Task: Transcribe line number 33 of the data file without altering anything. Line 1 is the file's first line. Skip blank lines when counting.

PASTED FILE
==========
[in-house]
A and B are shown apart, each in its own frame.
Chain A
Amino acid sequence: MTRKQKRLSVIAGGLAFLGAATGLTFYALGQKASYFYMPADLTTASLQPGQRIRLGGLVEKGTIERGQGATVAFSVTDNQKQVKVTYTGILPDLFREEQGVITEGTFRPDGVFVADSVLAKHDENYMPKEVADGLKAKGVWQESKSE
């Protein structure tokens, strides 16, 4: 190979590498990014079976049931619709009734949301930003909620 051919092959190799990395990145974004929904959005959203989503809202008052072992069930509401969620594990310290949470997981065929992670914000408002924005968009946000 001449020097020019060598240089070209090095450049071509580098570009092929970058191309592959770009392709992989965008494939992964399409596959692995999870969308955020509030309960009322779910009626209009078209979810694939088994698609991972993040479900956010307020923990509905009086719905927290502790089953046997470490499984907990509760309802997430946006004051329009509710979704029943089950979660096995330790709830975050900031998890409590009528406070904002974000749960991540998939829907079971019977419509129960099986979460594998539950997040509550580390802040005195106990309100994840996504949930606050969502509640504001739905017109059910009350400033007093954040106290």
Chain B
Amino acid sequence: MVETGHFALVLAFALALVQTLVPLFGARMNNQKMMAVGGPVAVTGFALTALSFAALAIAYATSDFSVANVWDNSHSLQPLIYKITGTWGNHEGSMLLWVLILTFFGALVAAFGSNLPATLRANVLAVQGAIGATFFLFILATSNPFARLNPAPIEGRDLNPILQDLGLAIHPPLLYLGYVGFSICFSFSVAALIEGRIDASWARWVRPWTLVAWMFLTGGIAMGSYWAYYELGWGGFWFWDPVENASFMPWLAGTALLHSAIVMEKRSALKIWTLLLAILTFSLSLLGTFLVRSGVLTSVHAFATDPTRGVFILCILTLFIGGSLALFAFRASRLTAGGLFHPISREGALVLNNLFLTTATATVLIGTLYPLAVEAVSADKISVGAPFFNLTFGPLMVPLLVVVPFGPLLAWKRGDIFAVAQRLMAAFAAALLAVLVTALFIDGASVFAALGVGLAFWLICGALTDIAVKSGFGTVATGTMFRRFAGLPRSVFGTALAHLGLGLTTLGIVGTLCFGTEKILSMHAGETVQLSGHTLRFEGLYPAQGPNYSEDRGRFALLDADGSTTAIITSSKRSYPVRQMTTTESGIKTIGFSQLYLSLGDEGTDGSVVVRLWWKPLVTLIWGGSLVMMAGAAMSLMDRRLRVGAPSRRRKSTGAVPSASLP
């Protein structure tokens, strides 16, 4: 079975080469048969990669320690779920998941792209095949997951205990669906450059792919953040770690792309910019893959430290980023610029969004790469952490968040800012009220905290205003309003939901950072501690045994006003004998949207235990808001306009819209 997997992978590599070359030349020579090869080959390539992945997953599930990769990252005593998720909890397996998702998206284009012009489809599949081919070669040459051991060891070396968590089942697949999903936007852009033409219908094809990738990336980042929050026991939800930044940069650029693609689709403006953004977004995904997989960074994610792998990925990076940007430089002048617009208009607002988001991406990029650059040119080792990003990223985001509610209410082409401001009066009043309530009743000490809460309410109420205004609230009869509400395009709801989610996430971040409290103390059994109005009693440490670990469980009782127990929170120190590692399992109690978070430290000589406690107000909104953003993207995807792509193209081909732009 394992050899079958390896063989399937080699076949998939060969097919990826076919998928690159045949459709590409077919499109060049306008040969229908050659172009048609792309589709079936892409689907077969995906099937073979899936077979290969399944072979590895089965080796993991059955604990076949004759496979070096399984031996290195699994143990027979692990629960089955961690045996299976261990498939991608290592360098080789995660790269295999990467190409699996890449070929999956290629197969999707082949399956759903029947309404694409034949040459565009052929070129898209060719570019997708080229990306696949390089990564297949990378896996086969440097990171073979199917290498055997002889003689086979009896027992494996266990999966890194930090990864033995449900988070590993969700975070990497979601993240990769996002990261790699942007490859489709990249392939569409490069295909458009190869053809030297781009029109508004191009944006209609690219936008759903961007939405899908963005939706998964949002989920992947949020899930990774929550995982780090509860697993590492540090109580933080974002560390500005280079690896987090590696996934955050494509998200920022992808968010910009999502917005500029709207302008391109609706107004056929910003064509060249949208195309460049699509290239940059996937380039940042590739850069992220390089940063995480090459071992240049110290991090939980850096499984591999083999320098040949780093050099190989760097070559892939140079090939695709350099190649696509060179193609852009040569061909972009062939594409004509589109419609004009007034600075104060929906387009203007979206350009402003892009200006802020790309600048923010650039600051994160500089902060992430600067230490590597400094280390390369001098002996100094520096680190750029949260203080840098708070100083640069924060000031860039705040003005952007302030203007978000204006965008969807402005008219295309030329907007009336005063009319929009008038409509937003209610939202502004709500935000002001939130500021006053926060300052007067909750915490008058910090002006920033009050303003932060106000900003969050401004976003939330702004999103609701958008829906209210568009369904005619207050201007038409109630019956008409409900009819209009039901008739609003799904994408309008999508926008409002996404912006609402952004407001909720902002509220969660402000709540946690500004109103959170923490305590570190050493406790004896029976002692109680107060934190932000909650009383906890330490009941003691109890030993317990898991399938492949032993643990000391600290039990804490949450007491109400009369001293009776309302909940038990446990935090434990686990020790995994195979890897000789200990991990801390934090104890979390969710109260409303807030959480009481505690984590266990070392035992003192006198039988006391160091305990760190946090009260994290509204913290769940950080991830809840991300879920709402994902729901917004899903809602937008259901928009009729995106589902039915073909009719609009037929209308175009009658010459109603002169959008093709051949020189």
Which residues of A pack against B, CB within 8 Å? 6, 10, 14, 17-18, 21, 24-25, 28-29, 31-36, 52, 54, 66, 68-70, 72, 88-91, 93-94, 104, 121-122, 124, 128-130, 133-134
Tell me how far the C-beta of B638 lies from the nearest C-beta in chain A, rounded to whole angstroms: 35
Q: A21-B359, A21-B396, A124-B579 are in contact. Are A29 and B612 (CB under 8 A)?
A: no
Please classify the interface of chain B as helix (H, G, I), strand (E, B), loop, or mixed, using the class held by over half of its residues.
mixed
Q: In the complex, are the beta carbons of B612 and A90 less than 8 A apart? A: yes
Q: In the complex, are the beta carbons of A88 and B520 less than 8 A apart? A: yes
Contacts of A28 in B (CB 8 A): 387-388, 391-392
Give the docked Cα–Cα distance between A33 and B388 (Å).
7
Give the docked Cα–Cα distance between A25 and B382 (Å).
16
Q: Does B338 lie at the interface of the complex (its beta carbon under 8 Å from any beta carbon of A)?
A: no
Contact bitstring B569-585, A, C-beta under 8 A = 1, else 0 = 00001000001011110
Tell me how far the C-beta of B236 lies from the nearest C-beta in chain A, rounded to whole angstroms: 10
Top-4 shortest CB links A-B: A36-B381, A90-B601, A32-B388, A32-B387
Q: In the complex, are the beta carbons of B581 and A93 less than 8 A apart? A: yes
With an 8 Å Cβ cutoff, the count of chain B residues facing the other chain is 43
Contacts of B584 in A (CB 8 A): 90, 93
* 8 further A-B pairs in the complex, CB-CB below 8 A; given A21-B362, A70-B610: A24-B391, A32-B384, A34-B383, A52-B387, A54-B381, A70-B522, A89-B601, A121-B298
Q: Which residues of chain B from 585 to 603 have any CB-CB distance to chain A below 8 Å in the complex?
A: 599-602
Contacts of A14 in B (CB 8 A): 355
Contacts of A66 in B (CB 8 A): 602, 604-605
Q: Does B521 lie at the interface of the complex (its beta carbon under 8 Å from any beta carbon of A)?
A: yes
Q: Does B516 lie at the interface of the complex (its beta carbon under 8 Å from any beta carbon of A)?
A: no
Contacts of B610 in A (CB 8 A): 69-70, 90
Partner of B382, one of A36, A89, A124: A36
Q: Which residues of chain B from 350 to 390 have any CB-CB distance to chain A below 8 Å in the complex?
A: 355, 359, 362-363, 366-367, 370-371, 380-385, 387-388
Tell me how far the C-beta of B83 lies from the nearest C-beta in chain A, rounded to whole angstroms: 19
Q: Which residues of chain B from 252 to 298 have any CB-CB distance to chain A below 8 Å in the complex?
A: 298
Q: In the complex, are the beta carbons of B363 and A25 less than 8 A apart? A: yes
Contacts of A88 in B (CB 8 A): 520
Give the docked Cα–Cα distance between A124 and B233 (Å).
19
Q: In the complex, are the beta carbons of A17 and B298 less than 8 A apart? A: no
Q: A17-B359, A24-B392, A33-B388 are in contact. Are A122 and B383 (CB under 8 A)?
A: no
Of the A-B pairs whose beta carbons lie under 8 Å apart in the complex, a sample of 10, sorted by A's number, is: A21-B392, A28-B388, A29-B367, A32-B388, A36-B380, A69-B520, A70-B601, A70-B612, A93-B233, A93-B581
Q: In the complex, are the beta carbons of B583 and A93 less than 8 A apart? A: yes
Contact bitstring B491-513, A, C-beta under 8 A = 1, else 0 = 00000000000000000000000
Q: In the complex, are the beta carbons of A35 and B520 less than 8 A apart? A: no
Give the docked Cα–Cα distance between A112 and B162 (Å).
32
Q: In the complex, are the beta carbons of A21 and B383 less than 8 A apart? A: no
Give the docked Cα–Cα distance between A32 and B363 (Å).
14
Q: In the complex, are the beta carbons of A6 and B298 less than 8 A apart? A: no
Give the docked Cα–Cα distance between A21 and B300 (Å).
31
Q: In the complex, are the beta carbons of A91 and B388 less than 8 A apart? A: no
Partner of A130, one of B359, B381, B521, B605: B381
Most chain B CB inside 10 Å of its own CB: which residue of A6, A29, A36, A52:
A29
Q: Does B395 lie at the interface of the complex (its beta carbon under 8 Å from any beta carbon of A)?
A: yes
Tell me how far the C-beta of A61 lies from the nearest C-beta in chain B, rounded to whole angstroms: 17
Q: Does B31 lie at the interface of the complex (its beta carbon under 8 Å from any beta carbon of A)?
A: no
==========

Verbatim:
Contacts of A14 in B (CB 8 A): 355